An eye-catching collection of Nico's early-'80s output, Icon does, in fact, represent something considerably more valuable than a quick glance down the track listing lets on. While "Saeta" and "Vegas" represent another appearance for the 1980 single that broke Nico's recorded silence after six years in the wilderness, and "Mutterlein" and "We've Got the Gold" simply add more weight to the vast corpus of available live recordings, the remainder of Icon comprises the revised version of Drama that producer Philippe Quilichini engineered following the album's original release. Only briefly available in Europe before the law descended upon what was little more than a bootleg, this new version spent the next decade-plus as little more than a collector's dream. Icon, however, represents the first official appearance of all six songs that Quilichini revamped and, while Nico herself was absent from these secondary sessions, Quilichini's own insistence that his work represented a return to the values she originally envisaged for the album finds little to contradict it. Only the unseemly synth pop keyboards tracking through "One More Chance" seem at all out of place -- elsewhere, "Genghis Khan" gains a very effective backing vocal, while "Orly Flight" is positively uplifting. Few people would argue that Quilichini added anything more than variety to songs that were already perfect in their original released incarnation. But, of all the legends that lurk within Nico's back catalog, Icon proves that one, at least, was every bit as intriguing as it was supposed to be.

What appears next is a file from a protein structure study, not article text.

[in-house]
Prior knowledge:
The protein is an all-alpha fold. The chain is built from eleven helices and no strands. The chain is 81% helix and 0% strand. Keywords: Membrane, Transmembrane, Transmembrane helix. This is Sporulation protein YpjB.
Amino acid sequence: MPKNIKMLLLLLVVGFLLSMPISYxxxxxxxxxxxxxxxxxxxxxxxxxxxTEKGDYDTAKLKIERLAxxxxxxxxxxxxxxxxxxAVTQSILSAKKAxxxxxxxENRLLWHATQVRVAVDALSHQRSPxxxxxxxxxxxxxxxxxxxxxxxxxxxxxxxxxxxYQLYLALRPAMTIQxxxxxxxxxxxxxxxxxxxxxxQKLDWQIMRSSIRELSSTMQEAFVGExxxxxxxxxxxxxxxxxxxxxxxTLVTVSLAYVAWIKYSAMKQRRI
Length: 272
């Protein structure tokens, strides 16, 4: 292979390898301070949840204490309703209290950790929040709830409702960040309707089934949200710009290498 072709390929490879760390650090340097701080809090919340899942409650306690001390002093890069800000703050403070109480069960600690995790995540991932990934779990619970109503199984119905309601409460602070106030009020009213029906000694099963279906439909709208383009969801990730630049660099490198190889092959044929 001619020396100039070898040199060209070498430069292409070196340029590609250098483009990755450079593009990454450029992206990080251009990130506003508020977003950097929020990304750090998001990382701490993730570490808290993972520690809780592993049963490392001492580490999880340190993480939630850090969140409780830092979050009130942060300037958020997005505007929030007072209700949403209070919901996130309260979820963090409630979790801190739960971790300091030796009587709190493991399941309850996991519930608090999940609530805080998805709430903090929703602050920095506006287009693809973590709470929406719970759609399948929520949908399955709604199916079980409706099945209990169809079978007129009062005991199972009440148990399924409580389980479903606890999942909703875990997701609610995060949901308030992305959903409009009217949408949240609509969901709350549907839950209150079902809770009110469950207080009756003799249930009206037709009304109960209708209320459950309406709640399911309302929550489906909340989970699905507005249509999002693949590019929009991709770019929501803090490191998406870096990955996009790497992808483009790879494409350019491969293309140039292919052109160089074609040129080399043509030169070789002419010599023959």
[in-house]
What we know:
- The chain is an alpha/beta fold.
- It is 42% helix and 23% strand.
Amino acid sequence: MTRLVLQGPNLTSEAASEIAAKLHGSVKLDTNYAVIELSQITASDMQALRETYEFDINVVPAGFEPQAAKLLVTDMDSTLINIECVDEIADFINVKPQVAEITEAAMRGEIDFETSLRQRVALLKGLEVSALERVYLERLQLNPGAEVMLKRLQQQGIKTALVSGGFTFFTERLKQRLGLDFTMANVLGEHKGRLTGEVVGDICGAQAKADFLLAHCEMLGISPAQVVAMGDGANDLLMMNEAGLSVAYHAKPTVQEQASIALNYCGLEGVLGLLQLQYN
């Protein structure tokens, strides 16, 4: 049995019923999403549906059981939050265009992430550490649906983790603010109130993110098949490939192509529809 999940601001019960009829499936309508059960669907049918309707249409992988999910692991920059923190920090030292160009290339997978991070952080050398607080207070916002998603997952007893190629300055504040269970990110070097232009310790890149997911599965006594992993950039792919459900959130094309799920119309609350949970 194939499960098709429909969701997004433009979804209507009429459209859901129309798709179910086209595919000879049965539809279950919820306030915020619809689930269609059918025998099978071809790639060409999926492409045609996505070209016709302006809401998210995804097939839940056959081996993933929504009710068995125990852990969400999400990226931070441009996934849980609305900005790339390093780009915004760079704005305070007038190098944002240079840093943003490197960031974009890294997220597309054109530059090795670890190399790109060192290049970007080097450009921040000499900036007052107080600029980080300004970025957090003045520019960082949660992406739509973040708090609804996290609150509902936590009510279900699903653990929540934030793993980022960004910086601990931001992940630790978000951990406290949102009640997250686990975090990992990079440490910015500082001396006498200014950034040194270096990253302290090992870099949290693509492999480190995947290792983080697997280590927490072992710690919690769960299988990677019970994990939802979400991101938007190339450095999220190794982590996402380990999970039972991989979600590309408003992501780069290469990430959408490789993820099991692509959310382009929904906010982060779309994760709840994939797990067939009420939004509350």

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AllMusic Review by Dave Thompson